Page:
Friday, April 22, 2011

When I was younger and hugely into basketball, I decided that I was going to coach the first Swiss Women’s Olympic Basketball Team (note: I have no idea if they have a basketball team, I had just assumed it would be the first). I had no interested in the Canadian national team (much like now), but was set on the Swiss. To me that was, and still is, the country I wanted to represent.

You see, I’m a first generation kid. Where my parent’s come from, the food we eat, the holiday traditions that we have, the art we have around the house, that’s what I identify with.
With this in mind, I cannot figure out why people were branded as “traitors” for playing for the countries they felt more closer to, their roots, rather than the ones they were born in (Owen Hargreaves, Giuseppe Rossi, etc.) Before you jump and attack me about being a bad Canadian (uh, isn’t multiculturalism a part of being Canadian? Point for me!), let’s look at this a couple of ways. First, that you don’t only have pride for the country that you’re born in and second, soccer is about making money.

You guys know, I am a mutt. And because of my mutt-i-ness, it never occurred to me to “be” Canadian. Rather, I have always tried to juggle the European and Asian sides of me. Being close to my Swiss grandpa growing up (let’s face it Go Wüest, I was his favourite) and spending most time there, I first and foremost identify with Swiss. Second comes Italian, because, hey, it’s easiest and the Asian side comes up whenever it’s trendy. Recently I took a test to see if I was a bone marrow match, and you should have seen all the check marks next to the questions asking my ethnicity (I didn’t see the “multiple” option until the end. WHY HAVE IT AT THE END?!) “Being Canadian” just never felt right. If I had to choose a nationality on a piece of paper, I am not if I would automatically write “Canadian.”

 With this in mind, I can understand why first generations feel this pull towards their home countries. If you’re raised by immigrants, you think differently. Canada is a place when your parents came to, not necessarily where you come from. Obviously that differs from person-to-person, but I completely understand the feeling. As I look to my right, I have a Swiss flag hanging on my cd case, an Italian scarf drapped beside me, and a Filipino shirt folded on my chair, ready to be put in a drawer. Canada is not an identifier of me.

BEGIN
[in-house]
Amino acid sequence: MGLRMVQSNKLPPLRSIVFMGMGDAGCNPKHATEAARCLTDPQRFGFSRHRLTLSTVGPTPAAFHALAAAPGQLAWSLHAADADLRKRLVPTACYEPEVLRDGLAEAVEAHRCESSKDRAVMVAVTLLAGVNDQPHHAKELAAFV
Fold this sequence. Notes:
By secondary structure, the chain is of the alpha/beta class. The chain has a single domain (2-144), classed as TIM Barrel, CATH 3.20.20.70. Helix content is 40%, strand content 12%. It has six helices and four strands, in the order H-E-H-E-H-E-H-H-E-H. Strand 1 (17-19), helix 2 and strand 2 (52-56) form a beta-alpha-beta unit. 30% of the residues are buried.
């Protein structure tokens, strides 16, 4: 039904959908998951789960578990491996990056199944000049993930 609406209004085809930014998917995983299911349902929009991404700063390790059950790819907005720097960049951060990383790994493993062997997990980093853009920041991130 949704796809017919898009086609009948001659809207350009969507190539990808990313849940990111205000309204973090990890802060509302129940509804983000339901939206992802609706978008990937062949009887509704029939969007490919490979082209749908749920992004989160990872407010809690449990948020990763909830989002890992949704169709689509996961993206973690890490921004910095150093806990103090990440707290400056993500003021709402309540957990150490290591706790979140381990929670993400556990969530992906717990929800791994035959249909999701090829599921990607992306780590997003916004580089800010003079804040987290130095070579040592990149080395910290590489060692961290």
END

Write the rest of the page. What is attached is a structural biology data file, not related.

So to say that someone is a traitor because they don’t feel the same connection to Canada as someone else (regardless of their generation) seems to be the most UNCanadian thing possible. Isn’t that our point? Mosaic, not melting pot? When was it decided that, “you should be proud of your roots… but only up to a certain point.” Don’t get me wrong, I like Canada, I am happy to “be” Canadian, but it would never occur to me to check how many medals “we” won during the Olympics.

Note how I said Olympics, and not World Cup. Which brings me to my second point…

Why are people shocked when soccer players go to where the money, and the pride, is?! I know we all want to believe in this bullshit fluff that you play for, I don’t even know what, the team? The fans? But come on, that’s far from reality and you will be very disappointed if you keep believing soccer is just about heart. Cynical? Yes. Being a soccer player is like any other job (kinda, sorta). You may like where you work, but eventually you move on to bigger, and better, opportunities to further your career. It is your career after all. So while a small team may be good at the beginning, the end goal is to be the best in the world; to win Champions League, the World Cup. And that may mean leaving behind a team and the fans in the process. But why are fans so sensitive? Why are they so resentful, and needy, to players? Player X is being offered more money and better team to play for than Country Y or Team Z? We should be proud that they’re moving on, that our boy from Small Town Where Ever is playing with the big leagues, and not resentful that they’re not sticking it out with us to the bitter end. And it will be a bitter end.

I mean, come on, if given the chance, would YOU rather play for Canada in the World Cup, or for Italy, Brazil, England (well maybe not), Netherlands, Spain, etc.?

Even if you don’t make the squad this year, there is always a chance that you will in the future. Except for Italy. But they don’t even choose their number one club goal scorer.

So instead of complaining that he’s going, or he didn’t want to be called up, be happy on the globalization of soccer (SEE! I am reading Soccernomics!) and stop being so needy for Chrissakes!


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